20 Chapters 13 to 23 are pronouncements against the nations. However, “Jehovah will show mercy to Jacob” by allowing all tribes of Israel to return home. (Isaiah 14:1) The message of desolation for Judah in chapters 24 to 27 is accompanied by the promise of restoration. Jehovah expresses his anger at “the drunkards of Ephraim [Israel]” for forming an alliance with Syria and at “priest and prophet” of Judah for seeking an alliance with Assyria. (Isaiah 28:1, 7) Woe is pronounced upon “Ariel [Jerusalem]” for “setting out to go down to Egypt” for protection. (Isaiah 29:1, footnote; 30:1, 2) Still, salvation is foretold for individuals who exercise faith in Jehovah.
21 Like ‘a maned young lion growling over its prey,’ Jehovah will guard “Mount Zion.” (Isaiah 31:4) There is also a promise: “Look! A king will reign for righteousness itself.” (Isaiah 32:1) While the Assyrian threat to Judah causes even “the very messengers of peace” to weep bitterly, Jehovah promises that his people will be healed, “pardoned for their error.” (Isaiah 33:7, 22-24) “Jehovah has indignation against all the nations, and rage against all their army.” (Isaiah 34:2) Judah will not remain desolate. “The wilderness and the waterless region will exult, and the desert plain will be joyful and blossom as the saffron.”
Scriptural Questions Answered:
23 14:1, 2
Lessons for Us:
29 13:20-22; 14:22, 23; 21:1-9. Jehovah’s prophetic word always comes true, as it did in the case of Babylon.
30 17:7, 8. Though most in Israel did not listen, some individuals looked to Jehovah. Similarly, some in Christendom respond to the Kingdom message.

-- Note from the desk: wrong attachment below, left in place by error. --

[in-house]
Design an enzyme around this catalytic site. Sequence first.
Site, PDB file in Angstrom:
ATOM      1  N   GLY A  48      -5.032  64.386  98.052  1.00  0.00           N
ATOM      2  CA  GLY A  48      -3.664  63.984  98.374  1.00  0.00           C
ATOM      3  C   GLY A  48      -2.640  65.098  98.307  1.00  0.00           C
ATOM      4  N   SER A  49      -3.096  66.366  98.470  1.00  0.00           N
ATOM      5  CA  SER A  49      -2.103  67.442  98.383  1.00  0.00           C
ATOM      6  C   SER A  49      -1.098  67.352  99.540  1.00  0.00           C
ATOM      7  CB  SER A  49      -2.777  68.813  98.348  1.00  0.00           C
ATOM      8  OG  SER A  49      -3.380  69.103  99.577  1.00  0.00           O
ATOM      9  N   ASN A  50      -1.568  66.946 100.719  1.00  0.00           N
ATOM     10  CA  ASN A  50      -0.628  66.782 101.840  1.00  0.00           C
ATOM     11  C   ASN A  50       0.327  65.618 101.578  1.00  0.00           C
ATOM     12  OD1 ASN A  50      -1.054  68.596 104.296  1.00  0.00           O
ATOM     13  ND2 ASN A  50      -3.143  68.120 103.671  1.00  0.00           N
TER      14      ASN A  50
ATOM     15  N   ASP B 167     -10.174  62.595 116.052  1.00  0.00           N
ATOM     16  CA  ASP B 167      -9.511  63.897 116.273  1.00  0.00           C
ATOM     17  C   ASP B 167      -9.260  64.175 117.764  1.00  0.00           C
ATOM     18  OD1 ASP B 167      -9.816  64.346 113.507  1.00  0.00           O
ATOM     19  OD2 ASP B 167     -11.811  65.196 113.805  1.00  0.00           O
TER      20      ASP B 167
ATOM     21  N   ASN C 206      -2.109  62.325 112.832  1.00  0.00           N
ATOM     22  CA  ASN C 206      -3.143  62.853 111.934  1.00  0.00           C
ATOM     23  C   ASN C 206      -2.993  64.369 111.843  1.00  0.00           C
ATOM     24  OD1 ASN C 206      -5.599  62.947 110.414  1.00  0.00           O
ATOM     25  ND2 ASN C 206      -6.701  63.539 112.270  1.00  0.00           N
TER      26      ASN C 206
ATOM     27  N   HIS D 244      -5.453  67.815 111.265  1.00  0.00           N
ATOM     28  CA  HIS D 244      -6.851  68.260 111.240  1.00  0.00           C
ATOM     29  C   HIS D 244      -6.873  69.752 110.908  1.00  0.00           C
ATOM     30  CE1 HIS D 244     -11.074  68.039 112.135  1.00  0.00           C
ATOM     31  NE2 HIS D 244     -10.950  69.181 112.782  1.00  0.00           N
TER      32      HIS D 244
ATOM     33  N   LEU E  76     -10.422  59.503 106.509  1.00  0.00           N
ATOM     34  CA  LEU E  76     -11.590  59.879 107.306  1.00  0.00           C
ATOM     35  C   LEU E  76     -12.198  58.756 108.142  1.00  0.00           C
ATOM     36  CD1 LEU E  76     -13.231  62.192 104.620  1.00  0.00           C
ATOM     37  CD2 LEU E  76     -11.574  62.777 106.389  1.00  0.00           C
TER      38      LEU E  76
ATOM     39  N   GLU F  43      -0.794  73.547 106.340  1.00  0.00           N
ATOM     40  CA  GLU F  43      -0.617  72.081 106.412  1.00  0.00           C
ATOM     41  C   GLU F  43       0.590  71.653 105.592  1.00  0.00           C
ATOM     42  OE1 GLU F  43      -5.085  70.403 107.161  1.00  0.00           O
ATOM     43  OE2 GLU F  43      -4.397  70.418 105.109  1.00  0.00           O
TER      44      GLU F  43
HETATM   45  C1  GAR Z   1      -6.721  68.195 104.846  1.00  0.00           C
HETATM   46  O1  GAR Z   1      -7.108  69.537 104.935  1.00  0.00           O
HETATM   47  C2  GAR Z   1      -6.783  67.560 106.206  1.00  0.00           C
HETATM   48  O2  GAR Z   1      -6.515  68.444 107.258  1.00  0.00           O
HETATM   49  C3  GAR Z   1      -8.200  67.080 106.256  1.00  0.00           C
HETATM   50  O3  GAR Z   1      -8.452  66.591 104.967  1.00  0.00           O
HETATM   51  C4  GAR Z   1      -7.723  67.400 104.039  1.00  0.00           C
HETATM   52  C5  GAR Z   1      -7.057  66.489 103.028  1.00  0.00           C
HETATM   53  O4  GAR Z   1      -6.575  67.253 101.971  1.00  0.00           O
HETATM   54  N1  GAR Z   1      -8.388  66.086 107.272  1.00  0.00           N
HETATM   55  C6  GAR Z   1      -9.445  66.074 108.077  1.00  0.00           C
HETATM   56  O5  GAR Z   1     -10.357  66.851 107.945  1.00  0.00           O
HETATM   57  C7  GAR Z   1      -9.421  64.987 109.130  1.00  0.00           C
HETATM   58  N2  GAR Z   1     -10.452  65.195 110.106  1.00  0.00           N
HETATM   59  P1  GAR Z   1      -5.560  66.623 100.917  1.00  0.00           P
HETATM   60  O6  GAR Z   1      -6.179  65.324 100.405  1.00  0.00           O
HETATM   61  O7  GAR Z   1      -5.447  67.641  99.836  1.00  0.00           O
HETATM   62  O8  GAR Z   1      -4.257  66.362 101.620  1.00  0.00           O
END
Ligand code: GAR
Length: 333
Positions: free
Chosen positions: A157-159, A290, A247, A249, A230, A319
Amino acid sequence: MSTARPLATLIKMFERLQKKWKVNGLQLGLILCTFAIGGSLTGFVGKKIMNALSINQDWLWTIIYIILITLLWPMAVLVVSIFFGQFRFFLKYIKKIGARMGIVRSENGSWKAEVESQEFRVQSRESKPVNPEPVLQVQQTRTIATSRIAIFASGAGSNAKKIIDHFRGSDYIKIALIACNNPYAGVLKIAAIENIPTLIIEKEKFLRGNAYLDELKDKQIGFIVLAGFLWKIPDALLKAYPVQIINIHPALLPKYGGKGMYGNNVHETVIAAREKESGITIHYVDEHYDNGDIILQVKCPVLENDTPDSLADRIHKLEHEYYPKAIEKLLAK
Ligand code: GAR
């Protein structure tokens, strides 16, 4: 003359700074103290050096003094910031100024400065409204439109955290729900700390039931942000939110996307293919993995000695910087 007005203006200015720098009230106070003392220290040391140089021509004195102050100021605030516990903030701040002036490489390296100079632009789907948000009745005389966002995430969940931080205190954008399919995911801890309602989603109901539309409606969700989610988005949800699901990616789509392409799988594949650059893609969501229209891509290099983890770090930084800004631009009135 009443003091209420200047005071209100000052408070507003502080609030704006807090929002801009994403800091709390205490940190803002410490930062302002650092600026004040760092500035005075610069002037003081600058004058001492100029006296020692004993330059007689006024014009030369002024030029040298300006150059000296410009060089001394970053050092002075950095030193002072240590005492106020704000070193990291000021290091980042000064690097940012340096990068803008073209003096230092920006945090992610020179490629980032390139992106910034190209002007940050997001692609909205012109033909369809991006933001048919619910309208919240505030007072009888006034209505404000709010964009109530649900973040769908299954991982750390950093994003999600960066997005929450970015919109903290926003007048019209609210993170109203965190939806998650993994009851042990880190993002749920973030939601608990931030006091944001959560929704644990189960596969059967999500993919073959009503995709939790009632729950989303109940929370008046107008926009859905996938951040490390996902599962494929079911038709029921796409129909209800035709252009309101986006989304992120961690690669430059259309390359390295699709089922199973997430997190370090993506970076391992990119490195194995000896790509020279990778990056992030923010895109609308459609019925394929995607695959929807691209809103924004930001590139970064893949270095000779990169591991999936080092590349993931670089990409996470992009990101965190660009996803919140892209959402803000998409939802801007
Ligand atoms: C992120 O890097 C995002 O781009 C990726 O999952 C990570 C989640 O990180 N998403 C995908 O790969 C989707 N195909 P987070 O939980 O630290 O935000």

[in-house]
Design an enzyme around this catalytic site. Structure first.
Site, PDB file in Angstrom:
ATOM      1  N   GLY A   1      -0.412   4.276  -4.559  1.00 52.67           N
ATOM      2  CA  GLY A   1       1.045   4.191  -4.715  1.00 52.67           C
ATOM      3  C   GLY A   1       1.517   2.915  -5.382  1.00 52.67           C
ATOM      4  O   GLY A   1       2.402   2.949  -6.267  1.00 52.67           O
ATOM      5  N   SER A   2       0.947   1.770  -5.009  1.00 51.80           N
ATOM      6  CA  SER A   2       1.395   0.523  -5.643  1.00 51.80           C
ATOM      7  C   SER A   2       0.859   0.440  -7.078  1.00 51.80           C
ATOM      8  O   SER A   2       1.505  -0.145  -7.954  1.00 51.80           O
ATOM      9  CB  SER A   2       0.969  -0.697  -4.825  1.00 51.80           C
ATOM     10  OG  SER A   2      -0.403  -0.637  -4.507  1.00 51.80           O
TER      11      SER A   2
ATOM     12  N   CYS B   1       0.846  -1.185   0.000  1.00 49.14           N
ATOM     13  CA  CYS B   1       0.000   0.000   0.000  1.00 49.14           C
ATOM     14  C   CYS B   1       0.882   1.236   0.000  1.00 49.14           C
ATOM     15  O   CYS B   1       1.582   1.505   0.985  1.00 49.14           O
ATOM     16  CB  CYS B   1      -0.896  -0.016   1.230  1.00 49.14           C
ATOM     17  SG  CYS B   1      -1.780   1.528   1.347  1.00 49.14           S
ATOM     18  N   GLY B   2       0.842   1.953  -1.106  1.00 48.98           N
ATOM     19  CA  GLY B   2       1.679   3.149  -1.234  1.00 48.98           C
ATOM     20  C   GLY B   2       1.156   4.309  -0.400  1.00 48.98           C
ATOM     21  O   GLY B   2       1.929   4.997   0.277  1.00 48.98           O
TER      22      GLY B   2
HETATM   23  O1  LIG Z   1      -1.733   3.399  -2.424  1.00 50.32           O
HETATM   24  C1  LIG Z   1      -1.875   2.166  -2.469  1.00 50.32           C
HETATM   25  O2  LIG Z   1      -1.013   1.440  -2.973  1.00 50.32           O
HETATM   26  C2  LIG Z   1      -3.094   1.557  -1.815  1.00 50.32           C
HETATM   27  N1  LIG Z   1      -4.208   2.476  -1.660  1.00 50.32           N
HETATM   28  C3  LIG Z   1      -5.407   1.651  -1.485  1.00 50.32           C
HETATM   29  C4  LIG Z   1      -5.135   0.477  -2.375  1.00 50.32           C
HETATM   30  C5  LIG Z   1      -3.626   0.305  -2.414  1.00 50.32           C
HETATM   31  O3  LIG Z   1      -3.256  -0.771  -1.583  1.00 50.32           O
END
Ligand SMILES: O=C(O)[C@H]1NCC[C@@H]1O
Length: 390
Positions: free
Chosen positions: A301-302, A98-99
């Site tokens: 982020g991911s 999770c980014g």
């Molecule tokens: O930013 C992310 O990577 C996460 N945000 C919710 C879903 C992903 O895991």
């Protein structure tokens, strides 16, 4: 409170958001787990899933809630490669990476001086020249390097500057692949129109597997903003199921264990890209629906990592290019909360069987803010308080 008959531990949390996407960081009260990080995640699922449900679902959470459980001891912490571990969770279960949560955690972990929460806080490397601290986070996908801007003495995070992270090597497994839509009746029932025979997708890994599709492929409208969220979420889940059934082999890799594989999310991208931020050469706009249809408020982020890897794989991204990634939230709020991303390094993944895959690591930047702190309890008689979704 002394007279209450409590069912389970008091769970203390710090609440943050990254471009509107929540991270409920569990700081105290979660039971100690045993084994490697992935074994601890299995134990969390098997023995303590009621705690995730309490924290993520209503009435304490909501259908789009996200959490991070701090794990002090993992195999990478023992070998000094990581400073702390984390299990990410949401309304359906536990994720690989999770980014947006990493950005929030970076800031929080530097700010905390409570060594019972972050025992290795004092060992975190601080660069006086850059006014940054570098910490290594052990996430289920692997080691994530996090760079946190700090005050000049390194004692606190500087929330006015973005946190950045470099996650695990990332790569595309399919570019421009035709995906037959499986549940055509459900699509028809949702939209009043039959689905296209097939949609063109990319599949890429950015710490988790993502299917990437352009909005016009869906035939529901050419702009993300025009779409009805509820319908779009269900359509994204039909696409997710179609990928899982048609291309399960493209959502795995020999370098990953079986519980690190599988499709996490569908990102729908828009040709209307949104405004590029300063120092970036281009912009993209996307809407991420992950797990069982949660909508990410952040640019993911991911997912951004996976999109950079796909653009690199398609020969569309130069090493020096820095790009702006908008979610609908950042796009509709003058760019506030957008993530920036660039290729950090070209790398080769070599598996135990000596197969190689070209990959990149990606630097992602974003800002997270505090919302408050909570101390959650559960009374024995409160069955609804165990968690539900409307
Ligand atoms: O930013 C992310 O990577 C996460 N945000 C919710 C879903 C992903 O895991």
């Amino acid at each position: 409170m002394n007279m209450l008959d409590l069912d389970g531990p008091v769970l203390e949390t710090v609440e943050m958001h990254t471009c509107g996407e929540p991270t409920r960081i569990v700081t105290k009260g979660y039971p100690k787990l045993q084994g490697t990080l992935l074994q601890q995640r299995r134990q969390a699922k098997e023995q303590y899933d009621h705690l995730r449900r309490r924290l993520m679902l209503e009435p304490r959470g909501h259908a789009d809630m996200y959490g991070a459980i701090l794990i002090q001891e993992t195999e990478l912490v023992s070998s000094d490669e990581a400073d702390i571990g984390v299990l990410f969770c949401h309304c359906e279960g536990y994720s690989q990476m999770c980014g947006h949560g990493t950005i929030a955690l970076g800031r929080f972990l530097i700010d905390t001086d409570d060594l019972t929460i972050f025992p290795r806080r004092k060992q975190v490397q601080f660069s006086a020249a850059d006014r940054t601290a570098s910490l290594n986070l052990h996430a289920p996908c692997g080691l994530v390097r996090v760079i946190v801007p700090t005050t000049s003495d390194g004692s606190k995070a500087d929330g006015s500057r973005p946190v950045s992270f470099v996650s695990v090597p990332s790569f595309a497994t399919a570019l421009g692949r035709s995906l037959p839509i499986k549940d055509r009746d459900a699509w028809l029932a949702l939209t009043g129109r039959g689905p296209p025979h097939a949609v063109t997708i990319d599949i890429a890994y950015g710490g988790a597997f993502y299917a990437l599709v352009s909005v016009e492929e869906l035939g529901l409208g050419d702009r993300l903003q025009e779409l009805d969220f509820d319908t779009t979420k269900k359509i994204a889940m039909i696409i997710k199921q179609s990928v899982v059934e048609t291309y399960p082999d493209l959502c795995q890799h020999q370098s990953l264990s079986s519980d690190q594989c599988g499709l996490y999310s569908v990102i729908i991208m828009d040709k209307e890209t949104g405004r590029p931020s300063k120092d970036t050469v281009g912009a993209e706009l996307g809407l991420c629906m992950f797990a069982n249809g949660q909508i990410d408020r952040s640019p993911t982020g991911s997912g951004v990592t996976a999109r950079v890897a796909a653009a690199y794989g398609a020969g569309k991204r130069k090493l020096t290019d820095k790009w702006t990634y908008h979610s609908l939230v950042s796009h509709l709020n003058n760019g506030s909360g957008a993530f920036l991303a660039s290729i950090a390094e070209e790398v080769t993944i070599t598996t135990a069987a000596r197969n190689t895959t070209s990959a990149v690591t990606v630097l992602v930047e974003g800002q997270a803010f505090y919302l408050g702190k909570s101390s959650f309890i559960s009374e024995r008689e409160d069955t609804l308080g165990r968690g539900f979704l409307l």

31 28:1-6. Israel will fall to Assyria, but God will see to it that faithful individuals survive. Jehovah’s judgments do not leave the righteous without hope.
32 28:23-29. Jehovah readjusts sincere individuals according to their specific needs and circumstances.
33 30:15. Salvation by Jehovah requires that we show faith by “resting,” or refraining, from seeking salvation through human schemes. By “keeping undisturbed,” or not being fearful, we also demonstrate trust in Jehovah’s ability to protect us.
34 30:20, 21. We ‘see’ Jehovah and “hear” his voice of salvation by heeding what he says through his inspired Word, the Bible, and through “the faithful and discreet slave.”
Isaiah’s Prophecy Fortifies Our Confidence in God’s Word
35 How thankful we can be for God’s message in the book of Isaiah! The prophecies that have already been fulfilled fortify our confidence that the ‘word that goes forth from Jehovah’s mouth will not return to him without results.’
36 What about the Messianic prophecies, such as those found at Isaiah 9:7 and 11:1-5, 10? Do they not strengthen our faith in Jehovah’s provision for our salvation? The book also contains prophecies whose major fulfillments are taking place in our day or will yet occur. (Isaiah 2:2-4; 11:6-9; 25:6-8; 32:1, 2) Indeed, the book of Isaiah adds to the evidence that “the word of God is alive”!
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Isaiah and his children were “as signs and as miracles in Israel”
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Jerusalem was to become “like a booth in a vineyard”
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How are people from the nations being helped to “beat their swords into plowshares”?